I'm a young native english speaker raised in Canada. At school me and most of my friends tend to use the phrase "Im really digging this", as to mean i'm really enjoying a specific thing or activity. Where exactly did this come from?

I use it all the time in this context, but when I think about digging ( like digging a hole, or digging yourself into a mess) I can't really make sense of it in this context.


"You play that new game that just came out?"

"Yeah bro, im really digging it!"

  • Reasonably sure that it goes back to the beatnik era of the late 40s and 50s. Like much of such speech it may derive from musicians' jargon. – Hot Licks Nov 8 '18 at 2:25
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    Check this question on the English Language Learner's site -- the 2nd answer down (with a whole pile of Oxford Dictionary quotes) offers an explanation. ell.stackexchange.com/questions/121607/… – JDM-GBG Nov 8 '18 at 2:26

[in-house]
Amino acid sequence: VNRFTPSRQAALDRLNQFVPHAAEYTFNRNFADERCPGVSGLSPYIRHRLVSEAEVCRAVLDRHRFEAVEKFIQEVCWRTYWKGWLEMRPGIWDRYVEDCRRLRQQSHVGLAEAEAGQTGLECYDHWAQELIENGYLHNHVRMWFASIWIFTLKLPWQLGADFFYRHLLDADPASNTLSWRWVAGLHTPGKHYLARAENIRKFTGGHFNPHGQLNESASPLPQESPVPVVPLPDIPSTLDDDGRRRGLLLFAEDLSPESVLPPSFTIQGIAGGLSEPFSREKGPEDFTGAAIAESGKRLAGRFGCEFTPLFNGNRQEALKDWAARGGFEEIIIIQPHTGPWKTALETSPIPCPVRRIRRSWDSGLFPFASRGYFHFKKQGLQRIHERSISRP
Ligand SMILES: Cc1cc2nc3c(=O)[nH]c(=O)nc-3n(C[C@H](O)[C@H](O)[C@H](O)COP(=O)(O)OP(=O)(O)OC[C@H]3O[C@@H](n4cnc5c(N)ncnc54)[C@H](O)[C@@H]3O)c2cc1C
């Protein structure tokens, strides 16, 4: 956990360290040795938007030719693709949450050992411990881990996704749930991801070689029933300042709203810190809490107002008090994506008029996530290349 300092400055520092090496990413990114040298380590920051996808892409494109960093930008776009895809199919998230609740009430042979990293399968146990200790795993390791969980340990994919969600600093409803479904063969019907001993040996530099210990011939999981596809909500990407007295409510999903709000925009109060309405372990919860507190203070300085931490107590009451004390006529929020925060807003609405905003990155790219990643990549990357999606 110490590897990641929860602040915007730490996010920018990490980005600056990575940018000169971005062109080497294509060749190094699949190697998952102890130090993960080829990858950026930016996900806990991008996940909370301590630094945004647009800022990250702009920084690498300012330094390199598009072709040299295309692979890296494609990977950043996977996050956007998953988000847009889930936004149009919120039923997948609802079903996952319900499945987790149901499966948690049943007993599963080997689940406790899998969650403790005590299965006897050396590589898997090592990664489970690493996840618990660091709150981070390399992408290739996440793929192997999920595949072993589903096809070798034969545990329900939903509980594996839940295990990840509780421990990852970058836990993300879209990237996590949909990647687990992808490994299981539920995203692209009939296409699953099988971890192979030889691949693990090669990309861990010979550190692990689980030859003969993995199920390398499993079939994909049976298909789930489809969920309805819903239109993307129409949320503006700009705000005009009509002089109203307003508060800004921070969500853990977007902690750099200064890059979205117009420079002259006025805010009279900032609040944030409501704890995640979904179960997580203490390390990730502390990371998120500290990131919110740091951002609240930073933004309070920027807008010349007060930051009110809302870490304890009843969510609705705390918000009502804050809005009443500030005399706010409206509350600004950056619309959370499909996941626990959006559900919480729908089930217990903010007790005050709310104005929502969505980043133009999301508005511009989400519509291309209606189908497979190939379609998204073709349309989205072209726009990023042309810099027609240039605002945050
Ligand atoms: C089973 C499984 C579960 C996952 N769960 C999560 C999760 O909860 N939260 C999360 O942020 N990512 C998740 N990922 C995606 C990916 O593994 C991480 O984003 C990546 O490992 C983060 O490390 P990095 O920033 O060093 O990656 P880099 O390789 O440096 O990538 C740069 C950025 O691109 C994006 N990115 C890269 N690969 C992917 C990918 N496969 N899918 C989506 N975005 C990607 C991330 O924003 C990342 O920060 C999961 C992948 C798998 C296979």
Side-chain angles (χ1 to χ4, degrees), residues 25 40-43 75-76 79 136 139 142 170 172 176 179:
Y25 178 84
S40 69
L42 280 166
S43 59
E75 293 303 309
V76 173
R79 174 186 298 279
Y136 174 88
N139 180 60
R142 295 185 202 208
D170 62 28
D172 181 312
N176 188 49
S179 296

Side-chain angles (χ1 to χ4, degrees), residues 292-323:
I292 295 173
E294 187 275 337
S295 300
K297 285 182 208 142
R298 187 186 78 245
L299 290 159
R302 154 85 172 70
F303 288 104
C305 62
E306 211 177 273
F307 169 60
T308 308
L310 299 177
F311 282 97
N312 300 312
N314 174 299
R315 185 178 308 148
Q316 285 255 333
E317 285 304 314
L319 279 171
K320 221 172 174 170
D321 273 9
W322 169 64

From EtymOnline:

In 19c. U.S. student slang it meant "study hard, give much time to study" (1827); the 20c. slang sense of "understand" is recorded by 1934 in African-American vernacular. Both probably are based on the notion of "excavate." A slightly varied sense of "appreciate" emerged by 1939.

So there were a few intermediate steps between "digging a hole" and "digging a game". The direct connection is unintuitive, but only because of the way the latter developed.


I give you my American Feedback and say the term you described is from the 70s. Jimmy Walker from Good Times used to say "DYNOMITE!" and DIGGING something was very common in American culture in the 70's to denote an excellent time was had.

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    Note that an answer is expected to be authoritative, detailed, and explain why it is correct - preferably by quoting a reference (e.g. a dictionary definition) hyperlinked to the source. You can edit your post to add this detail; for further guidance, see How to Answer. – Chappo Nov 8 '18 at 11:29
  • "Dig it" was a common term in TV sitcoms of the 50s and 60s. – Hot Licks Nov 8 '18 at 13:29

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